Dermatologic Reactions to Immune Checkpoint Inhibitors

Skin Toxicities and Immunotherapy

Vincent Sibaud

Disclosures

Am J Clin Dermatol. 2018;19(3):345-361. 

In This Article

Hair and Nail Toxicities

Alopecia

In several pivotal studies, alopecia has been noted in 1–2% of the patients treated with anti-PD-1 or anti-PD-L1 agents.[4,12,19,27] It corresponds to a partial alopecia (alopecia areata involving scalp hair, eyebrows or beard) or a more diffuse universalis type (Figure 10).[105] In our experience, it is more frequent and more severe with ipilimumab. Histologic findings reveal a non-scarring alopecia with a perifollicular T-cell infiltrate.[105] Regrown hair frequently exhibits poliosis.[105]

Figure 10.

a Diffuse alopecia universalis (involving scalp hair and eyebrows); b grade 1 alopecia; c nail changes with paronychia (in a patient with associated cutaneous lichenoid reaction)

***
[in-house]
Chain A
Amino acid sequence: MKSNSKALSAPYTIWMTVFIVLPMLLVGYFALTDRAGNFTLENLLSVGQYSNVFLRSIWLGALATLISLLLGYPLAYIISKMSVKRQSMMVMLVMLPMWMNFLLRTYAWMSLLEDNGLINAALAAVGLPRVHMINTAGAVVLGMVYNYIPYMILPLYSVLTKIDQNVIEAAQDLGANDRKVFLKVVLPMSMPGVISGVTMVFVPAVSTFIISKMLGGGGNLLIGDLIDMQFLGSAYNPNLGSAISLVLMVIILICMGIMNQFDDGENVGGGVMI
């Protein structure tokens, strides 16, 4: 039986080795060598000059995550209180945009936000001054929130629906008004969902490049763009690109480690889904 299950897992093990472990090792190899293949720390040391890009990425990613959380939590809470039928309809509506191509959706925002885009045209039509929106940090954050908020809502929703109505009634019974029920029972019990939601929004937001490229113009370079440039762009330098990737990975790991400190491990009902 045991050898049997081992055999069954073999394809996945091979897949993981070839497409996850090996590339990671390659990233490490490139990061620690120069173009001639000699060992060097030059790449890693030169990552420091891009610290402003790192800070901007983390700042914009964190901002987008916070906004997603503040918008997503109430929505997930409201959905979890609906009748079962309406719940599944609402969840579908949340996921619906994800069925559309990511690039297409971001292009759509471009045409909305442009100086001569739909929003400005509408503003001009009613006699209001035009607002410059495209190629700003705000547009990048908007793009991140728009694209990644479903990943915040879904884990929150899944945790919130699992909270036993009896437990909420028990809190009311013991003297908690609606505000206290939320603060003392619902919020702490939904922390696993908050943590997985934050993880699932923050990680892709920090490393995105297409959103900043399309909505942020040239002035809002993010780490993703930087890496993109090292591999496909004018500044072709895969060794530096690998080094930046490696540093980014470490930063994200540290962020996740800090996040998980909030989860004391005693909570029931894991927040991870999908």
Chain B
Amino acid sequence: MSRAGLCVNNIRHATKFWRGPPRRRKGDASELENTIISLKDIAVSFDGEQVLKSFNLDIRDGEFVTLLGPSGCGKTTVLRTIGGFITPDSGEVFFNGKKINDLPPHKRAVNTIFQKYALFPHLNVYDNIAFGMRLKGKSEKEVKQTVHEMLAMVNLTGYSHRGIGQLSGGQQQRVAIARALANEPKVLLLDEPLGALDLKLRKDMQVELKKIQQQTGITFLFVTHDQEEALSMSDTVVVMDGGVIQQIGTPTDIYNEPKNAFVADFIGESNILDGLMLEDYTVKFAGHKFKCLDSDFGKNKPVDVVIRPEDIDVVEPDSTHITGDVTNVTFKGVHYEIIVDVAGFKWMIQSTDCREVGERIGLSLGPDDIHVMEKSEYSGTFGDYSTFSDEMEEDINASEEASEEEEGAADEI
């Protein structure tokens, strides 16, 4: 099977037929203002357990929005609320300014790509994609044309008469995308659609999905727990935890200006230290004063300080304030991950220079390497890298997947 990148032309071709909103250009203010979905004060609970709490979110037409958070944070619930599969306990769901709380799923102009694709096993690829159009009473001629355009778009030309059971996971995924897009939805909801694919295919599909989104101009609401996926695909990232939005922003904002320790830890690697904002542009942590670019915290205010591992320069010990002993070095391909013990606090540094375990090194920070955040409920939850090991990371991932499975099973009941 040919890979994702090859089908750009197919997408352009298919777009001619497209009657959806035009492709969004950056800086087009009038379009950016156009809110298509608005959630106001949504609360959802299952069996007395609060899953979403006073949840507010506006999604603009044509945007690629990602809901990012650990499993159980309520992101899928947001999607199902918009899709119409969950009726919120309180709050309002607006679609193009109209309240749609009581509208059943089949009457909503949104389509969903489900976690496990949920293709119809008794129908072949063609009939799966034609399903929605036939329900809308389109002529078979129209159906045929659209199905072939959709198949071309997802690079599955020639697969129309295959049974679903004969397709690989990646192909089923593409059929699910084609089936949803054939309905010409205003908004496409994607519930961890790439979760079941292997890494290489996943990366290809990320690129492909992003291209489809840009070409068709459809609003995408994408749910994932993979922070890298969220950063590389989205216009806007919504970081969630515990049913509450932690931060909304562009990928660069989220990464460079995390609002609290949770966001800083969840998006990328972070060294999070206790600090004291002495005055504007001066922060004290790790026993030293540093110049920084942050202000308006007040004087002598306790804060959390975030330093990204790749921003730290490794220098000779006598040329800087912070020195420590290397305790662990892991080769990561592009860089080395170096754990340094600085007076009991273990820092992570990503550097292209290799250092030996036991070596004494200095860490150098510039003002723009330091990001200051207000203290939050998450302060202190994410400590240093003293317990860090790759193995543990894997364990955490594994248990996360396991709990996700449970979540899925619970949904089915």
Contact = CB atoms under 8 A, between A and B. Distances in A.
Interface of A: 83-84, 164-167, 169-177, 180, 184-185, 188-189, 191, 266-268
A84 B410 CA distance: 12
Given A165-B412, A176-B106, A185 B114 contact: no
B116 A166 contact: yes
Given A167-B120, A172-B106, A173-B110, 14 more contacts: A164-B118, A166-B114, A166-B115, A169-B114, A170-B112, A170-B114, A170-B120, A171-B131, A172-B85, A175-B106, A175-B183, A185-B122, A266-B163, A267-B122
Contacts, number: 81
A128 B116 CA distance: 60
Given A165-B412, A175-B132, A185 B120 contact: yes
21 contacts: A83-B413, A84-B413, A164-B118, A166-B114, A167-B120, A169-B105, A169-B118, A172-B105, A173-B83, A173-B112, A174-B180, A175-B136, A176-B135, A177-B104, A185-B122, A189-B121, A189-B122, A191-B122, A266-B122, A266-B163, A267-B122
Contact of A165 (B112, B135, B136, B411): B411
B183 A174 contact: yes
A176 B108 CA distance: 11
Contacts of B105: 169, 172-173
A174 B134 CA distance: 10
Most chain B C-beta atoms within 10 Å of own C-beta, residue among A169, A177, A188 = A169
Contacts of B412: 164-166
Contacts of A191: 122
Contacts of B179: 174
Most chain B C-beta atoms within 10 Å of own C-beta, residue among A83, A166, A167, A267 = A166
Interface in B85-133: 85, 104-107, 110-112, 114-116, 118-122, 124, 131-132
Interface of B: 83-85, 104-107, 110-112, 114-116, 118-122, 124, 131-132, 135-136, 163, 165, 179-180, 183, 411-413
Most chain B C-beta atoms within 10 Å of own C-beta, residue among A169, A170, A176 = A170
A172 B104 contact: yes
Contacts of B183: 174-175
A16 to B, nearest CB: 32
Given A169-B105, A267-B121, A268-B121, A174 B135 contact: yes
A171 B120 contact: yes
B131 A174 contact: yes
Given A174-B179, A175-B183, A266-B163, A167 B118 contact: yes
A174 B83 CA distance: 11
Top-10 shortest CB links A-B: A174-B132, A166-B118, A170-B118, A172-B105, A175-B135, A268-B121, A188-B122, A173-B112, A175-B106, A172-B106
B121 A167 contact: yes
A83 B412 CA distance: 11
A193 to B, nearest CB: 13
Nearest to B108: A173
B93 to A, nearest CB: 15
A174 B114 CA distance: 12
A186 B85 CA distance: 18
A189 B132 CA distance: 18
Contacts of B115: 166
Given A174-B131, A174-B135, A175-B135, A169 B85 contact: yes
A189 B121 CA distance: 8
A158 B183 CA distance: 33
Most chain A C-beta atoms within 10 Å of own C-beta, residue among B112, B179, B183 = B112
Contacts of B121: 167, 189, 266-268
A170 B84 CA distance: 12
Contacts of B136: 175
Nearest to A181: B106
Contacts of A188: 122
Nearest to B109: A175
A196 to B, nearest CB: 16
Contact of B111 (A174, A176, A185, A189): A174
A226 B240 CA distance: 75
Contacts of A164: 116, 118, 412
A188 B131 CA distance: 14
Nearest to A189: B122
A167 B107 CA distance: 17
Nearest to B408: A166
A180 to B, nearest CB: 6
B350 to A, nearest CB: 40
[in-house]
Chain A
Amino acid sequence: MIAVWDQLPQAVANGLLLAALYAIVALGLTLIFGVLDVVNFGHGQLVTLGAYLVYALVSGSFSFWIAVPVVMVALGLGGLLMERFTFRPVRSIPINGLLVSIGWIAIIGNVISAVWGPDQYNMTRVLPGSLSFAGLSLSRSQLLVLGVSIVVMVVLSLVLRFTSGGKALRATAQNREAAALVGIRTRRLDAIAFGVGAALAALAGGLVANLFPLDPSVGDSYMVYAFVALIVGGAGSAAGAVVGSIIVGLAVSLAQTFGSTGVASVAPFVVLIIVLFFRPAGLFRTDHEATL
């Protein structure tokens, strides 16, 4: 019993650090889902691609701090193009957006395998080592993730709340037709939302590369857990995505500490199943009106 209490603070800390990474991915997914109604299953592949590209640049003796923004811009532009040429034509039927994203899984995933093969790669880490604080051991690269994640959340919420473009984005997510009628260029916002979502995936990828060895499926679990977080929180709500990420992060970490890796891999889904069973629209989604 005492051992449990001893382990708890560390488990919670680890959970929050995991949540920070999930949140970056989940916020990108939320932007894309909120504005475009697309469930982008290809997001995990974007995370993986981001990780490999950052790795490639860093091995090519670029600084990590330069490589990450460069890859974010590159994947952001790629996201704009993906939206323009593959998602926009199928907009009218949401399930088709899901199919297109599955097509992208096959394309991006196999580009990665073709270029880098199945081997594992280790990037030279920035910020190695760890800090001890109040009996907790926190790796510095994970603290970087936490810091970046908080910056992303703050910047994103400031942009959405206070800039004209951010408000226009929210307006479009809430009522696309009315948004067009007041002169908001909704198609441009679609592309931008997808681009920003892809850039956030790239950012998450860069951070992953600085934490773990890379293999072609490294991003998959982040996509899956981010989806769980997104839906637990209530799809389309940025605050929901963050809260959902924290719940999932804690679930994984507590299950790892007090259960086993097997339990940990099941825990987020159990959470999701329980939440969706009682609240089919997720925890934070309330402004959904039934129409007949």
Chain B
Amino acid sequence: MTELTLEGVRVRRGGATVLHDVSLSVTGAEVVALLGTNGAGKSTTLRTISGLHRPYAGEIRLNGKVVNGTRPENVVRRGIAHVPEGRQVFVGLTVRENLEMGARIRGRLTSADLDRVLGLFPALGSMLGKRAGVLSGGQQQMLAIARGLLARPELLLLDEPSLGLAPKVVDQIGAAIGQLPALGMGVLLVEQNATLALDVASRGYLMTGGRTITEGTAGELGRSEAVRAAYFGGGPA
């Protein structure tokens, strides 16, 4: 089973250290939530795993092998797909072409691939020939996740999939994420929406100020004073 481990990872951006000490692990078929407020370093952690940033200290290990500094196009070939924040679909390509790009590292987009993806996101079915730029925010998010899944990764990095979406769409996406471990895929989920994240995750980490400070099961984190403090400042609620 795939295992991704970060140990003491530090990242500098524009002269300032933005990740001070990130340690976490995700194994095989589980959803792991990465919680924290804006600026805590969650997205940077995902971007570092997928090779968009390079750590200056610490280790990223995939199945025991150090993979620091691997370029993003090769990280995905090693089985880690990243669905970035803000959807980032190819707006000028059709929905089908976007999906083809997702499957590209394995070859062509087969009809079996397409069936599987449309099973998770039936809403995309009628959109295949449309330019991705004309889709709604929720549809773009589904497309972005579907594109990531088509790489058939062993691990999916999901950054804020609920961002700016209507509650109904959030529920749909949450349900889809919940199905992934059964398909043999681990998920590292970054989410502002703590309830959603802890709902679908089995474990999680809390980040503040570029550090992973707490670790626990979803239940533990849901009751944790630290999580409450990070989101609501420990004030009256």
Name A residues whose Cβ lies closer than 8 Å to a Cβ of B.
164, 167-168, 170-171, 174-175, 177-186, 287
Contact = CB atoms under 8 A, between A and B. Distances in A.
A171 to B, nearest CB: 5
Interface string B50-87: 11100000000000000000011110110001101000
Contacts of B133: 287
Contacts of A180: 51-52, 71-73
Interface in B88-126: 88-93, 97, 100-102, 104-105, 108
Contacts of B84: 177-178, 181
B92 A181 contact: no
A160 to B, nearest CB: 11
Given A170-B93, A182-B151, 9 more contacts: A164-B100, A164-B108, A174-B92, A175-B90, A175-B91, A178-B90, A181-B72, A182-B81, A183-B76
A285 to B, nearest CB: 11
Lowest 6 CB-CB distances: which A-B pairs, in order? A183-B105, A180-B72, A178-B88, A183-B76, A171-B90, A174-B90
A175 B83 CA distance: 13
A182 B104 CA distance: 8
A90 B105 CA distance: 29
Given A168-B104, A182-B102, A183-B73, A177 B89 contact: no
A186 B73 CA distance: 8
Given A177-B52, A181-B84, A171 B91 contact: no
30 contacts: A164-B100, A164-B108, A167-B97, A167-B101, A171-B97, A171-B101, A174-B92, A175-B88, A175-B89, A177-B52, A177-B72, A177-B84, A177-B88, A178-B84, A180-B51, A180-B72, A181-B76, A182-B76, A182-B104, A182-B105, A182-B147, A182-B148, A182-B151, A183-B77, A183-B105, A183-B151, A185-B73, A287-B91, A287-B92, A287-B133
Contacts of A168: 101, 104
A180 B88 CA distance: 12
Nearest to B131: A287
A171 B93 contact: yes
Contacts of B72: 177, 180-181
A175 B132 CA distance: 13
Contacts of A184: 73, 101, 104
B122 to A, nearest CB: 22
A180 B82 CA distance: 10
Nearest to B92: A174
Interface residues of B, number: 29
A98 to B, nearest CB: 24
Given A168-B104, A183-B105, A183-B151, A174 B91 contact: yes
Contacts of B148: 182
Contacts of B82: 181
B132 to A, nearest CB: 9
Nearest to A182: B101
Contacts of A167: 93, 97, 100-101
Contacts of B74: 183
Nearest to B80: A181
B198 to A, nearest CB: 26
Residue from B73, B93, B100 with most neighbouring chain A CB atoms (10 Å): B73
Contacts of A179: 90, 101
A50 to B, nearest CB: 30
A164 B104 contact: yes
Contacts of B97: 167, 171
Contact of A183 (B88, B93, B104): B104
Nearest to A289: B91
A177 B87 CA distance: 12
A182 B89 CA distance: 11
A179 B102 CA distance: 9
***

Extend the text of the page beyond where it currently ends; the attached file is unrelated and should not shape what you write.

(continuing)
A change in the texture of the hair has also been described sporadically,[108] and it is not uncommon to encounter this in clinical practice. Likewise, depigmentation of the scalp hair, eyelashes or eyebrows is common in patients treated for melanoma, which is often associated with vitiligo lesions. By contrast, Rivera et al. have very recently reported a series of 14 patients treated with anti-PD-1/PD-L1 therapies for lung cancer who exhibited a diffuse progressive hair repigmentation.[106] This repigmentation started in the occipital and temporal areas, extending secondarily to frontal and parietal areas. Remarkably, 13 of the 14 patients remained in treatment with a partial response or a stable disease.

Nail Changes

Nail changes have only rarely been reported in the literature.[105] We have, however, observed several cases of nail dystrophy with immunotherapy, and these were sometimes associated with an onychomadesis or a proximal onychoschizia. Diffuse onycholysis and paronychia involving all finger- or toenails can also develop. Although no histologic analyses are available to date, it is likely that these nail changes are mostly psoriatic or lichenoid in nature (Figure 10).[49]

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